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Instagram Ready To Put Ads in Your Photo Stream
Instagram Ready To Put Ads in Your Photo Stream

By Jennifer LeClaire
October 4, 2013 1:45PM

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Whether or not Instagram was acquired it was going to have to make money some day. Facebook has now decided that day has come. Some users are bound to be upset but most people will accept that mobile and online ads are the price of a free service, said Greg Sterling, principal analyst at Sterling Market Intelligence.
 


While so much attention is on Twitter's IPO this week, Facebook is making moves on the social media advertising front. The company is getting closer to putting advertisements on Instagram.

It's about time for Facebook to monetize the photo (and more recently) video-sharing service. The social media giant snapped up Instagram for $1 billion in 2012, a move that some industry watchers deemed wild on CEO Mark Zuckerberg's part because he flew solo on the decision.

Facebook certainly has assets to advertise against. Instagram now has more than 150 million users around the world who are actively sharing their lives on the social service.

Like a Glossy Magazine?

"We have big ideas for the future, and part of making them happen is building Instagram into a sustainable business. In the next couple months, you may begin seeing an occasional ad in your Instagram feed if you're in the United States," the company said.

"Seeing photos and videos from brands you don't follow will be new, so we'll start slow," the company said. "We'll focus on delivering a small number of beautiful, high-quality photos and videos from a handful of brands that are already great members of the Instagram community."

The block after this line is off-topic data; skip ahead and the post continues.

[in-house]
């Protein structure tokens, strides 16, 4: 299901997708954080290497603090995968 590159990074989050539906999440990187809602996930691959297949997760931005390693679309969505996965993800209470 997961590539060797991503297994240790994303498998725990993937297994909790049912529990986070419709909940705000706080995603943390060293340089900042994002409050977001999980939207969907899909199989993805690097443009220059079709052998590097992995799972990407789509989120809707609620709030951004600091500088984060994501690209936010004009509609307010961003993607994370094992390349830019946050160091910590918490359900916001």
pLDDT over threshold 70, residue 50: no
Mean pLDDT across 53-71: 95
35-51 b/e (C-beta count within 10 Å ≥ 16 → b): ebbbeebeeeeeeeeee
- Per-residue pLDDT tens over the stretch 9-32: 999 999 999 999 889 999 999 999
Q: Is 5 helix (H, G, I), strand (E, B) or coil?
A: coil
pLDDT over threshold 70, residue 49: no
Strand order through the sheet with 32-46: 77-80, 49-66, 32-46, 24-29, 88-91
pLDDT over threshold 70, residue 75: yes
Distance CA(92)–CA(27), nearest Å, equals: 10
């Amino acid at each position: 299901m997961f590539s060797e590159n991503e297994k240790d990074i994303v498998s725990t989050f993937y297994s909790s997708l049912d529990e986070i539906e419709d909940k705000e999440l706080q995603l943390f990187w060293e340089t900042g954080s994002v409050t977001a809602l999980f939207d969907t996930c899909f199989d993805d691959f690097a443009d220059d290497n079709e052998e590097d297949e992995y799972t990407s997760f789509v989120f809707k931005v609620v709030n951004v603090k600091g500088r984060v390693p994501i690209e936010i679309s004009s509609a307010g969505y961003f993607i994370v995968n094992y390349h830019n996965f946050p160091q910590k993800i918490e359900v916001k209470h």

The company said the aim is to make any advertisements you see feel as natural to Instagram as the photos and videos many of you already enjoy from your favorite brands. Facebook want these ads to be "enjoyable and creative" in much the same way you see engaging, high-quality ads when you flip through your favorite magazine.

"We'll also make sure you have control. If you see an ad you don't like, you'll be able to hide it and provide feedback about what didn't feel right," the company said. "We're relying on your input to help us continually improve the Instagram experience."

A Natural Progression

We caught up with Greg Sterling, principal analyst at Sterling Market Intelligence, to get his take on the news. He told us this is a natural progression for the photo-sharing site.

"Whether or not Instagram was acquired it was going to have to make money some day," he said. "Facebook has now decided that day has come."

However, he added, the people running Instagram said they're going to "take it slowly" and figure out the best presentation and the best way to integrate ads into the user experience.

"We have yet to see what that will look like but it will be some sort of 'native' presentation in all likelihood," Sterling said. "Some users are bound to be upset but most people will accept that mobile and online ads are the price of a free service."
 

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